Every since Daniel Goleman published his seminal work on emotional intelligence (Emotional Intelligence, 1995, Bantam Books), it has been well appreciated that effective leadership requires much more than simple mastery of facts. Leaders need the capacity to interact effectively with people on a personal, non-cognitive level, which led Goleman to propose that emotional intelligence was at least as important, if not more so, than I.Q.
Viewed now, almost 20 years later, this idea seems obvious. The concept of “leadership” is only relevant if more than a single person is involved, and as soon as people need to work together, effective interaction requires empathy for emotional states, different communication styles, and non-verbal cues.
So improving one’s emotional intelligence — in particular one’s ability to interpret correctly non-verbal cues and emotional states — is an important leadership skill. The question then becomes, “How can it be done?”
The most recent contribution to that conversation was recently published on-line by the journal Science, the primary publication of the American Association for the Advancement of Science. In their October 3rd article titled “Reading Literary Fiction Improves Theory of Mind,” David Comer Kidd and Emanuele Castano, at the New School for Social Research in New York City, write:
Understanding others’ mental states is a crucial skill that enables the complex social relationships that characterize human societies. Yet little research has investigated what fosters this skill, which is known as Theory of Mind (ToM), in adults. We present five experiments showing that reading literary fiction led to better performance on tests of affective ToM (experiments 1 to 5) and cognitive ToM (experiments 4 and 5) compared with reading nonfiction (experiments 1), popular fiction (experiments 2 to 5), or nothing at all (experiments 2 and 5). Specifically, these results show that reading literary fiction temporarily enhances ToM.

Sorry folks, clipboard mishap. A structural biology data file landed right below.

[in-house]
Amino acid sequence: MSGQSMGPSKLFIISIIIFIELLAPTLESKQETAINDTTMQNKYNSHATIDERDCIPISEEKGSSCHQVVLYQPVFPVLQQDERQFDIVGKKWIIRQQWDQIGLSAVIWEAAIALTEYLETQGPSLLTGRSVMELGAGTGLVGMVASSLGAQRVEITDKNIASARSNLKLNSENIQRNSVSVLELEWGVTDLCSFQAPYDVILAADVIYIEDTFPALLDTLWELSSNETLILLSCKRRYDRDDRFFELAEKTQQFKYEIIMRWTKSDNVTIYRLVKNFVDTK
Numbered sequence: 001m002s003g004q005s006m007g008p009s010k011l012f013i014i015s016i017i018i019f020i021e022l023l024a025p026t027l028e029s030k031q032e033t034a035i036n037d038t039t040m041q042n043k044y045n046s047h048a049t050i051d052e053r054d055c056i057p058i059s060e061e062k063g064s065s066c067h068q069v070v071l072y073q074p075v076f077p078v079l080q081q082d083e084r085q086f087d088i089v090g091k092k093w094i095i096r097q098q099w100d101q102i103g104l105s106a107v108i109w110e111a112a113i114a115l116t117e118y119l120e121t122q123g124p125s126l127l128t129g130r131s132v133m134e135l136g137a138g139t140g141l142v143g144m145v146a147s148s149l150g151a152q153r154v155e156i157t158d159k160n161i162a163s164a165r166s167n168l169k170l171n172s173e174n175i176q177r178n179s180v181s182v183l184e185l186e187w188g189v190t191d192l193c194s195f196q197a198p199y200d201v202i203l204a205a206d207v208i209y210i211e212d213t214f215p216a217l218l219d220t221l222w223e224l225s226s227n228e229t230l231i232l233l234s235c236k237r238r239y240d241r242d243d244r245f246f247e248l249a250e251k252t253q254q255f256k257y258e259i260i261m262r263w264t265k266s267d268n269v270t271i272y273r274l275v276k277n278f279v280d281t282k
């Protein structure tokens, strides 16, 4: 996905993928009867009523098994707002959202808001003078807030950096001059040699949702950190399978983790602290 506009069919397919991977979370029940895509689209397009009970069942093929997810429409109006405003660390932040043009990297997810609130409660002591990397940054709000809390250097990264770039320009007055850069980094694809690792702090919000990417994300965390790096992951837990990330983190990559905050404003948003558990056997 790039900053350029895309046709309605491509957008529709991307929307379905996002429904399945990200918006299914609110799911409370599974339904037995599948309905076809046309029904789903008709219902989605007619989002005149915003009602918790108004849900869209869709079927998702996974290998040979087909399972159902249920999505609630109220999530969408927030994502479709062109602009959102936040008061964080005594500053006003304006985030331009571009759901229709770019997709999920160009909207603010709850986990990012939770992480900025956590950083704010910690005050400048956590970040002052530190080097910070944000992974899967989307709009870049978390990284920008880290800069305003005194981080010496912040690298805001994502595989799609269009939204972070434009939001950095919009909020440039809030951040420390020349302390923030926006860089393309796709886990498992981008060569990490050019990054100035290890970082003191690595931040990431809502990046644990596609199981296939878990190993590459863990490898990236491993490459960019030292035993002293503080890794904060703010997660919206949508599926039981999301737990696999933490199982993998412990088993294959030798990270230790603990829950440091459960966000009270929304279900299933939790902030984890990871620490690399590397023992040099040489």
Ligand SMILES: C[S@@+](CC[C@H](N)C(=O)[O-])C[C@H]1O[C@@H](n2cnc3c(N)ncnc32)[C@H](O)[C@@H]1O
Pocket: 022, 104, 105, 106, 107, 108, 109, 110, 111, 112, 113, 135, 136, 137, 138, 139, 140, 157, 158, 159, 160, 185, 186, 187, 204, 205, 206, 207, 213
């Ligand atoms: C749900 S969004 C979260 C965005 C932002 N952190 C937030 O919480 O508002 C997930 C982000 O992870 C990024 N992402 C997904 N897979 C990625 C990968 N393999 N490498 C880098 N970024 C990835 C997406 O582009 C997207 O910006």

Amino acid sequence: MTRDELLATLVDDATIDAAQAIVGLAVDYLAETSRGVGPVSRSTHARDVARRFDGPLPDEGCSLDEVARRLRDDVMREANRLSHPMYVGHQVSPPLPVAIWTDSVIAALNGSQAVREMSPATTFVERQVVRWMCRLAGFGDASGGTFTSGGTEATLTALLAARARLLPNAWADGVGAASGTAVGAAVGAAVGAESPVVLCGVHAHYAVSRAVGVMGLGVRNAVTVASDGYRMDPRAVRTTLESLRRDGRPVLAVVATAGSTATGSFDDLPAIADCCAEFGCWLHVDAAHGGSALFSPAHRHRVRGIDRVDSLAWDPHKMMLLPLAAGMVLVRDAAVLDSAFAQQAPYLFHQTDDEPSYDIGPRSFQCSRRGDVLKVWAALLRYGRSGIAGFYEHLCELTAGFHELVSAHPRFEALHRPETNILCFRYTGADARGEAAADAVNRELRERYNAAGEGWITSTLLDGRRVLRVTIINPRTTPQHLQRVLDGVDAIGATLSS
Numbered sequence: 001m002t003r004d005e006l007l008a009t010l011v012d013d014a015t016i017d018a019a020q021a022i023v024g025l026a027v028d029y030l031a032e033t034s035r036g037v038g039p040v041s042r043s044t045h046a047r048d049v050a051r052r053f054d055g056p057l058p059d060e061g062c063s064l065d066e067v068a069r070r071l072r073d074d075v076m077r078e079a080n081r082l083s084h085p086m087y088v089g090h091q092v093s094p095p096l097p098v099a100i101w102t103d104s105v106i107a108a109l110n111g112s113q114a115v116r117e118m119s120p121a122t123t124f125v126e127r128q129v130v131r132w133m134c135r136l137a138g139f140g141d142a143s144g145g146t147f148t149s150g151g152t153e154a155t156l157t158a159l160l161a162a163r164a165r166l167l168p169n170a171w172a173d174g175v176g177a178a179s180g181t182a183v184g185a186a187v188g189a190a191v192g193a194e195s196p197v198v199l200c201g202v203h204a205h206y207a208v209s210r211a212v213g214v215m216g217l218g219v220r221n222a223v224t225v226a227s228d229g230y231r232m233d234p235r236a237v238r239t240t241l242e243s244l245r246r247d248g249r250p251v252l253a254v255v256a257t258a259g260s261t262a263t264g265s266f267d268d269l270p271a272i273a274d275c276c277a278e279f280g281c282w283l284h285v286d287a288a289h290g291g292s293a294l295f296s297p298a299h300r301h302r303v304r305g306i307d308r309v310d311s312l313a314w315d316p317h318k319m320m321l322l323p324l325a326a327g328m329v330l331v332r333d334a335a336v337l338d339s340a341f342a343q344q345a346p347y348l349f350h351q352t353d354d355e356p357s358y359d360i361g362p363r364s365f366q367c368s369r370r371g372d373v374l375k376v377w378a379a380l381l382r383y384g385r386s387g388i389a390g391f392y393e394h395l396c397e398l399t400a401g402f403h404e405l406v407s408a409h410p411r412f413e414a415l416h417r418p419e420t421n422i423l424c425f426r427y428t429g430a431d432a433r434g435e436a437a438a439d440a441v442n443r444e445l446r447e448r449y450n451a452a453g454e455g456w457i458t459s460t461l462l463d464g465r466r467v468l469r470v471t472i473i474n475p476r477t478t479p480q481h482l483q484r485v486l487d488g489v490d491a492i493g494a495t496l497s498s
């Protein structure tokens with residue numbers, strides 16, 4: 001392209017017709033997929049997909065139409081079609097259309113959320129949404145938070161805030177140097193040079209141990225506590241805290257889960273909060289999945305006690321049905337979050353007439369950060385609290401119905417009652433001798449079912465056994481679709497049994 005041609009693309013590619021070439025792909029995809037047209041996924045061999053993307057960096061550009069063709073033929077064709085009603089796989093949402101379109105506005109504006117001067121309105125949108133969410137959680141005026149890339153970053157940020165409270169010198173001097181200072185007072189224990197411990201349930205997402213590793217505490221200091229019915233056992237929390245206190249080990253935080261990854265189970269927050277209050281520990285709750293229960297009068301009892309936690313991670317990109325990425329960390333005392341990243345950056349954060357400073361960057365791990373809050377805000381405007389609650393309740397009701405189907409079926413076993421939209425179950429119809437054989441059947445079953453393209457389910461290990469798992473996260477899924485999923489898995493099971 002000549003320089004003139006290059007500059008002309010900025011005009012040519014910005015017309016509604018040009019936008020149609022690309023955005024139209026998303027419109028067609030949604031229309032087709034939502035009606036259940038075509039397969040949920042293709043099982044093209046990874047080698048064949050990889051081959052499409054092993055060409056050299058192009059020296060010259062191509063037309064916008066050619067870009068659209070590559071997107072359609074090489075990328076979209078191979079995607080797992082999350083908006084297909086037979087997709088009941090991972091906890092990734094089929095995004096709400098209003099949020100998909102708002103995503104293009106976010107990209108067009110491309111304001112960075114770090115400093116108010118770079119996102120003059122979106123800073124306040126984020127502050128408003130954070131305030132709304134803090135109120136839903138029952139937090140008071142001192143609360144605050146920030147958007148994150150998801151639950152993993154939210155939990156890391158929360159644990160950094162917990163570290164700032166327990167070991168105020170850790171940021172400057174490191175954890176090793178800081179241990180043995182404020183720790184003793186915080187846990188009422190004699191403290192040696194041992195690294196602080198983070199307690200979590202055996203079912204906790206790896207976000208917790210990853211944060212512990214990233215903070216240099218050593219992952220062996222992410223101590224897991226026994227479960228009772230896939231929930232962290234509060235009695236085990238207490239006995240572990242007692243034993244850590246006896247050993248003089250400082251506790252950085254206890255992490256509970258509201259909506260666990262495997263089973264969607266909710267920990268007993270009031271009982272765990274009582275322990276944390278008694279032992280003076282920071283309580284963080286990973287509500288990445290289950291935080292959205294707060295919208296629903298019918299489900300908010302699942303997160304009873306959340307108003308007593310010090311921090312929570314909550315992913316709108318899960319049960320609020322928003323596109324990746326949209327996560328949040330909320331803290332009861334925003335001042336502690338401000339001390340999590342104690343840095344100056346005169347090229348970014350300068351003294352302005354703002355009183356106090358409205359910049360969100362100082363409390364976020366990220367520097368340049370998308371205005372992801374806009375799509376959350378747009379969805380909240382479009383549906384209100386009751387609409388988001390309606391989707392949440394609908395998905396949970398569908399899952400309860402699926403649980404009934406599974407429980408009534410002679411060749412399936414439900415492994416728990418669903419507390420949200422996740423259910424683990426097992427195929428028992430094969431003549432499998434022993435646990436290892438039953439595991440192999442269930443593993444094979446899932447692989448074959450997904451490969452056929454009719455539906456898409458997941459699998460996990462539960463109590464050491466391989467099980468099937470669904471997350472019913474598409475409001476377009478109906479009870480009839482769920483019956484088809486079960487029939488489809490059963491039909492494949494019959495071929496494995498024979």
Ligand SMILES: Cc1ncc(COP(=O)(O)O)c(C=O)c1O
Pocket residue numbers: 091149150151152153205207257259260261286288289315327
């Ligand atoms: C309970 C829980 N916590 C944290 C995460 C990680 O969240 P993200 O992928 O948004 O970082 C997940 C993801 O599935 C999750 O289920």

In simple terms? Literary fiction is typically character driven, rather than plot driven, as is more typical of popular or genre fiction. Following a story being advanced by characters requires that the reader engage with the characters themselves, with all the nuance, ambiguity, and subtlety given to them by their creators. Reading literary fiction therefore trains the reader to interpret nuance, ambiguity, and subtlety.
The authors note that they aren’t (yet) able to demonstrate that this effect lasts over time, primarily because their experiments weren’t designed to look for that. But like all good science, their results open the door to more questions worth pursuing.
But even these limited results are intriguing. The connections between the humanities and leadership are even more direct than the simple truism that leaders need to be well-rounded citizens of the world.
To improve your leadership skills … go read a literary book!